Congenital subependymal giant cell astrocytoma: clinical considerations and expression of radial glial cell markers in giant cells
- 221 Downloads
Congenital Subependymal giant cell astrocytoma (SEGA), diagnosed in fetal and neonatal period, is extremely rare. Previous studies have reported poor surgical outcomes of this small group of patients. We encountered a patient diagnosed as congenital SEGA and report the surgical outcome along with interesting immuno-phenotypes of giant tumor cells.
Ventriculomegaly and a hypoechoic mass near the foramen of Monro were detected in a fetus on prenatal ultrasonography in the 35th week of gestation. Surgery was scheduled 2 months later to reduce the risk of operative complications. At postnatal 2 months, gross total resection of the tumor was achieved without complications. The patient had been followed up for 1 year without tumor recurrence. In double immunofluorescence, the prototype cells of SEGA expressed a variety of neural stem cell (nestin and Sox2) and radial glial cell markers (vimentin and brain lipid-binding protein), in addition to glutamate/aspartate transporter and glial fibrillary acidic protein.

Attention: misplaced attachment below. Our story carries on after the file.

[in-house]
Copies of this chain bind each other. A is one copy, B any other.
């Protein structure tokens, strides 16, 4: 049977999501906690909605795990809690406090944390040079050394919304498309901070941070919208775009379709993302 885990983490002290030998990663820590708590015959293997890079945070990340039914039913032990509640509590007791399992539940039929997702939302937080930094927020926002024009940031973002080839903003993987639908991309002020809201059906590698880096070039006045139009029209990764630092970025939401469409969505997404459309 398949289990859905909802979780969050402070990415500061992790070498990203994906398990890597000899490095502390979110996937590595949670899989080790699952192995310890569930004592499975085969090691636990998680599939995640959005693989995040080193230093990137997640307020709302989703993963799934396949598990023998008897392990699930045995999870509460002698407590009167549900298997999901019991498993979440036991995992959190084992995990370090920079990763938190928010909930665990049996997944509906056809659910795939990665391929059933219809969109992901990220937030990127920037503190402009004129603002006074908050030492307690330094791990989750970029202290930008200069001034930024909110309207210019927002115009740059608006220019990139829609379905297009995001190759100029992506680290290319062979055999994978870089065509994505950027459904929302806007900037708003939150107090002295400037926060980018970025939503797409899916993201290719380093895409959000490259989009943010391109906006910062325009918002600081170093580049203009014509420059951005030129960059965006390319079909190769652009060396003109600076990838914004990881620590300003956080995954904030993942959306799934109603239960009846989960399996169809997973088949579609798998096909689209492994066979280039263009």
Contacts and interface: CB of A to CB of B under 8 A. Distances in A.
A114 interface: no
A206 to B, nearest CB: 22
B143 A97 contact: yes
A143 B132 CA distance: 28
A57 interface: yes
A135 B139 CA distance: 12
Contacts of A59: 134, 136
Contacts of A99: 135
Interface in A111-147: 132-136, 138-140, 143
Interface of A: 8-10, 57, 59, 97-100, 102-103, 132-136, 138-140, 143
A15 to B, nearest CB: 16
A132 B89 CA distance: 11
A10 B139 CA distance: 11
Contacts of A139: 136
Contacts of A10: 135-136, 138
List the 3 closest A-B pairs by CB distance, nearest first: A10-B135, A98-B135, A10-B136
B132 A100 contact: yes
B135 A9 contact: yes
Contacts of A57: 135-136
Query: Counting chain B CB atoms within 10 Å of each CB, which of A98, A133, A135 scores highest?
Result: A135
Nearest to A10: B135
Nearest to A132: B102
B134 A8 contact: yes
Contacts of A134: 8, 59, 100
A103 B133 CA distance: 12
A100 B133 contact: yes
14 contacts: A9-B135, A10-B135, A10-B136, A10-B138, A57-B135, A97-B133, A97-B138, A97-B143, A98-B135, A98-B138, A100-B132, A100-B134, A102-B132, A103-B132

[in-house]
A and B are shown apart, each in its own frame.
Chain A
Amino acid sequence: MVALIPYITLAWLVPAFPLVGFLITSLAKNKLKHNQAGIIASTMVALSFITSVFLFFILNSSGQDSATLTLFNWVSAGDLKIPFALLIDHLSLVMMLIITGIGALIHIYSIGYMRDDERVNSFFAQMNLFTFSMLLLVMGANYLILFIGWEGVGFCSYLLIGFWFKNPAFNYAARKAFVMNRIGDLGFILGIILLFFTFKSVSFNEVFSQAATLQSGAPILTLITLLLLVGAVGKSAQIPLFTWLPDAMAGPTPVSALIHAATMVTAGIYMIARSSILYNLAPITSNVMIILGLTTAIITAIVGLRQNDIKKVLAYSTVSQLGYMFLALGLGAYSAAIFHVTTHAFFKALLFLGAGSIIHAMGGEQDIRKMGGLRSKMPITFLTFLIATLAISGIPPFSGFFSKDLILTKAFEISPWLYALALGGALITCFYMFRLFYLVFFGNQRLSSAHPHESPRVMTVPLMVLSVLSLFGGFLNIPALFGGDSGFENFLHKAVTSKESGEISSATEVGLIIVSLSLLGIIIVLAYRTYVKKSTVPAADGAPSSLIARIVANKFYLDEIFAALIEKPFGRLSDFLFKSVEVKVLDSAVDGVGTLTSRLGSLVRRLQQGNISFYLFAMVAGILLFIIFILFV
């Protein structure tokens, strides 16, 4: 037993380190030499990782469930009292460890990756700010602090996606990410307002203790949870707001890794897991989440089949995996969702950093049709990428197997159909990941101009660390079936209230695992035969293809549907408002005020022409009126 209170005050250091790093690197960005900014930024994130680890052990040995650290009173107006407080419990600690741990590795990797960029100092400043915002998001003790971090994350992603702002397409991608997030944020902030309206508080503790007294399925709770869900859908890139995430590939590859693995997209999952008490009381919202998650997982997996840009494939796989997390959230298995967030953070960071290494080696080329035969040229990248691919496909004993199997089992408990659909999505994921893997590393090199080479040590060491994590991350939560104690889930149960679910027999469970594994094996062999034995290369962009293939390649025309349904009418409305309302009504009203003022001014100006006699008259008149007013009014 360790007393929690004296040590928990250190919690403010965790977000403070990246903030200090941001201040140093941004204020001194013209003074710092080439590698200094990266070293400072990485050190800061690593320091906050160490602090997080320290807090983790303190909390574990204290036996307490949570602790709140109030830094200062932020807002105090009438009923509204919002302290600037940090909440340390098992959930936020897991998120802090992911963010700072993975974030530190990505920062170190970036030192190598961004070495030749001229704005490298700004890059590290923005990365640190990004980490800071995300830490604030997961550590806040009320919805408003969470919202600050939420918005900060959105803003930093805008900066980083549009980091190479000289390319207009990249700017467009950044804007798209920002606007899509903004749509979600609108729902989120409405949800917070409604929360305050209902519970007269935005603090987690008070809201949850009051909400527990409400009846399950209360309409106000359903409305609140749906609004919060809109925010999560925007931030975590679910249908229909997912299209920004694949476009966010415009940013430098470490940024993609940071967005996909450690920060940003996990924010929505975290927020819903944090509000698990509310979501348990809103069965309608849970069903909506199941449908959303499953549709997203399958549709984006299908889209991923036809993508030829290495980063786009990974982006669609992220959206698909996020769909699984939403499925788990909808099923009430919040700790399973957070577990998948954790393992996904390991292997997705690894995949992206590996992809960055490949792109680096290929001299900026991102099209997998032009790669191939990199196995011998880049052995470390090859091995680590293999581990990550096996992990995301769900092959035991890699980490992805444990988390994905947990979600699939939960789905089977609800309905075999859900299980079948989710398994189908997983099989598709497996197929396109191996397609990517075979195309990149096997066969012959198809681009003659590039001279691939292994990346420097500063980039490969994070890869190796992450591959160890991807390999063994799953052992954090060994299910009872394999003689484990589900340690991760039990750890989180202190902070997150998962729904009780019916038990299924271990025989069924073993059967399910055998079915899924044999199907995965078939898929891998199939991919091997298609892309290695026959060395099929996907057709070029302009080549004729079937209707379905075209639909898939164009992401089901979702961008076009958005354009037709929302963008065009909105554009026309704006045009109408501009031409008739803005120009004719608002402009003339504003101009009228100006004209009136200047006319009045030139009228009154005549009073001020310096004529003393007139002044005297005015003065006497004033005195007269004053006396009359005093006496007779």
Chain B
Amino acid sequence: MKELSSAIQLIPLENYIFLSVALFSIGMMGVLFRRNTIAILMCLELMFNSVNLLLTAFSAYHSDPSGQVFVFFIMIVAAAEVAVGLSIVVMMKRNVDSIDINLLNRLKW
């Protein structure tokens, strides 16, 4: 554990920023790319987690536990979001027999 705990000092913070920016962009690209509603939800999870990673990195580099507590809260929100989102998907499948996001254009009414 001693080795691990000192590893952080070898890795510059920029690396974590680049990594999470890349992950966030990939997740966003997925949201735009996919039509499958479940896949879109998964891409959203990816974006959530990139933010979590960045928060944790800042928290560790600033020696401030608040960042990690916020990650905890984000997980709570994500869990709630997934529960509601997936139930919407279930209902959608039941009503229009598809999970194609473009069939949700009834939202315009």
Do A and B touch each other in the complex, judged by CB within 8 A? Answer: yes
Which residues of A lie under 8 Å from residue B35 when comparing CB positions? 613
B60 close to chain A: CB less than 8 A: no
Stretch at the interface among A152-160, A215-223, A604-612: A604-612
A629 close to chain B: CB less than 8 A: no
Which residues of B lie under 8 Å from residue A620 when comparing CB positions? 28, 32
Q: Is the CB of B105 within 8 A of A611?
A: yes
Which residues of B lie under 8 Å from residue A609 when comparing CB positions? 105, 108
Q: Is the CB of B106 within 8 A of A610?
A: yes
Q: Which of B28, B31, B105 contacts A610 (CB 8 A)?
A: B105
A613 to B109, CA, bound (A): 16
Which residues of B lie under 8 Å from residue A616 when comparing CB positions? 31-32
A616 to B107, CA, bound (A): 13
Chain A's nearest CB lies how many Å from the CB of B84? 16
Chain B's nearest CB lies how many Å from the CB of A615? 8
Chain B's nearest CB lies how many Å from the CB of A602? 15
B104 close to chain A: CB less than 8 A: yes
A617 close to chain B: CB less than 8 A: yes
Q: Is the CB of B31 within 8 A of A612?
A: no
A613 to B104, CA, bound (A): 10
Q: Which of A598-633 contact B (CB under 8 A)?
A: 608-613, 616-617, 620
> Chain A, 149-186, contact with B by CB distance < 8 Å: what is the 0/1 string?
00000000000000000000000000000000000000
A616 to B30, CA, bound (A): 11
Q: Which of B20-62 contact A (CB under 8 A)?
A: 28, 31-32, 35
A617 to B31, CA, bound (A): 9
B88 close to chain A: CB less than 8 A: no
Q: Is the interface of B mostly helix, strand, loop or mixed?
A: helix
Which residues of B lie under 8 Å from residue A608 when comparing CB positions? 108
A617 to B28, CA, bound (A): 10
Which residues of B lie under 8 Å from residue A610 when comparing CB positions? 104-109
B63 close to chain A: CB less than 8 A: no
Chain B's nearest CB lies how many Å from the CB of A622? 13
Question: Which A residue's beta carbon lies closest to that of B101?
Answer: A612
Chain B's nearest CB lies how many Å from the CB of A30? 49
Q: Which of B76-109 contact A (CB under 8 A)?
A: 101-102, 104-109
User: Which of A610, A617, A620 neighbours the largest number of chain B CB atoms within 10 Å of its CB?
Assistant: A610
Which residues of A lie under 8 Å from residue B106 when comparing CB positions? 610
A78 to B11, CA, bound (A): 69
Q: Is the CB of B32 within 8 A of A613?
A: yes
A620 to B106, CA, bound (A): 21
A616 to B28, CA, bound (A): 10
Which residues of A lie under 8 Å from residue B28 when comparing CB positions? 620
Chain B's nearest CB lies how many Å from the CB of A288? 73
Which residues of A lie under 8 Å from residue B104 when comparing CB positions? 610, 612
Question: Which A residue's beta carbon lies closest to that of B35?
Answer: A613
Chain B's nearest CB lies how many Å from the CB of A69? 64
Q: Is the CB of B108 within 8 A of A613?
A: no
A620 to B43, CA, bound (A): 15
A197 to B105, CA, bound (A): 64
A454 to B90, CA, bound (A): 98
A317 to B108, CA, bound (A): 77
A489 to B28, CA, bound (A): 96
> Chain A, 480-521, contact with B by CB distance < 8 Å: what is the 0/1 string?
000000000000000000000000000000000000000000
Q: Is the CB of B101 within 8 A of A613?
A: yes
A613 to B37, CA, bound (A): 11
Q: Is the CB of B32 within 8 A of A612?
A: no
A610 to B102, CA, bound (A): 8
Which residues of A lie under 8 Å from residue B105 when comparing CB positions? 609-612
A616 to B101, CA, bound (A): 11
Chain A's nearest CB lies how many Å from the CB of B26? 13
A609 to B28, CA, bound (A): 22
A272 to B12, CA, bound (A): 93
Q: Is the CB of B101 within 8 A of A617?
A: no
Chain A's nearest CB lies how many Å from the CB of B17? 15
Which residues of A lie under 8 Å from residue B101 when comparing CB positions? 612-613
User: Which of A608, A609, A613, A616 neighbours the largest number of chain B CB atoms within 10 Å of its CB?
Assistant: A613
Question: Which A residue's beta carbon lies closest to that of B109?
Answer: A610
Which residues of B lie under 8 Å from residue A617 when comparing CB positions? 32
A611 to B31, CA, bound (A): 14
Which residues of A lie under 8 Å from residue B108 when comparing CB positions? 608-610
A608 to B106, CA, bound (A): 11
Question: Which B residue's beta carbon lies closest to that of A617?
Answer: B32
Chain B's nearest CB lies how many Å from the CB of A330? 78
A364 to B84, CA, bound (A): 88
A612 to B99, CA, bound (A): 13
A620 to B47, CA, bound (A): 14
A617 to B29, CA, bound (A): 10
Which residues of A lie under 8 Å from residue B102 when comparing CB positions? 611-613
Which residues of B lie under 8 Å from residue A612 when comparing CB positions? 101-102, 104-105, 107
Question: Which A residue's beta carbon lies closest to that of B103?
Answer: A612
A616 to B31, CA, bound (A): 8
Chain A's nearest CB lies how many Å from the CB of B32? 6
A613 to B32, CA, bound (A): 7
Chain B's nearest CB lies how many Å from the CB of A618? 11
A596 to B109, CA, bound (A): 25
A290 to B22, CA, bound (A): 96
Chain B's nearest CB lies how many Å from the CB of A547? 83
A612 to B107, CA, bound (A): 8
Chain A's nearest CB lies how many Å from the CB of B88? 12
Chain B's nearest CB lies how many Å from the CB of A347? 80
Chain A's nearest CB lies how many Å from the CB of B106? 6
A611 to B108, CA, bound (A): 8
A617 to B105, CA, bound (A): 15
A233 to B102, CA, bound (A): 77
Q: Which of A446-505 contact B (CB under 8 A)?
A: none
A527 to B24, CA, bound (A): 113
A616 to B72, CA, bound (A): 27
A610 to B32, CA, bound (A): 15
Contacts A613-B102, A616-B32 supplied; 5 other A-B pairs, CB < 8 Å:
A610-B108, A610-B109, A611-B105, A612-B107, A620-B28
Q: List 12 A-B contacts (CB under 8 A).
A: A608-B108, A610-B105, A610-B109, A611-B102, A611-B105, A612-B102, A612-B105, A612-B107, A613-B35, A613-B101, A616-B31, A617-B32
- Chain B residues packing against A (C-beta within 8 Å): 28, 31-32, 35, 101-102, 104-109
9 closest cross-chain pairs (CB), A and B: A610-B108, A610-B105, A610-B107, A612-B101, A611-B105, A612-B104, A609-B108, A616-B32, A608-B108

Congenital SEGA can be successfully treated with judicious use of observation period and careful evaluation of general conditions. Pathological findings support the concept that SEGA may originate from aberrant radial glial cells in the developing brain.
KeywordsSubependymal giant cell astrocytoma Congenital Tuberous sclerosis complex Radial glial cell
This study was supported by a grant (no. 7-2005-1216; to Kim S. K.) from the Korean Ministry of Health and Welfare.
- 9.Meikle L, Talos DM, Onda H, Pollizzi K, Rotenberg A, Sahin M, Jensen FE, Kwiatkowski DJ (2007) A mouse model of tuberous sclerosis: neuronal loss of Tsc1 causes dysplastic and ectopic neurons, reduced myelination, seizure activity, and limited survival. J Neurosci 27:5546–5558PubMedCrossRefGoogle Scholar
- 16.Souweidane MM (2008) Brain tumors in the first two years of life. Principles and practice of pediatric neurosurgery. Georg Thieme, Stuttgart, pp 489–510Google Scholar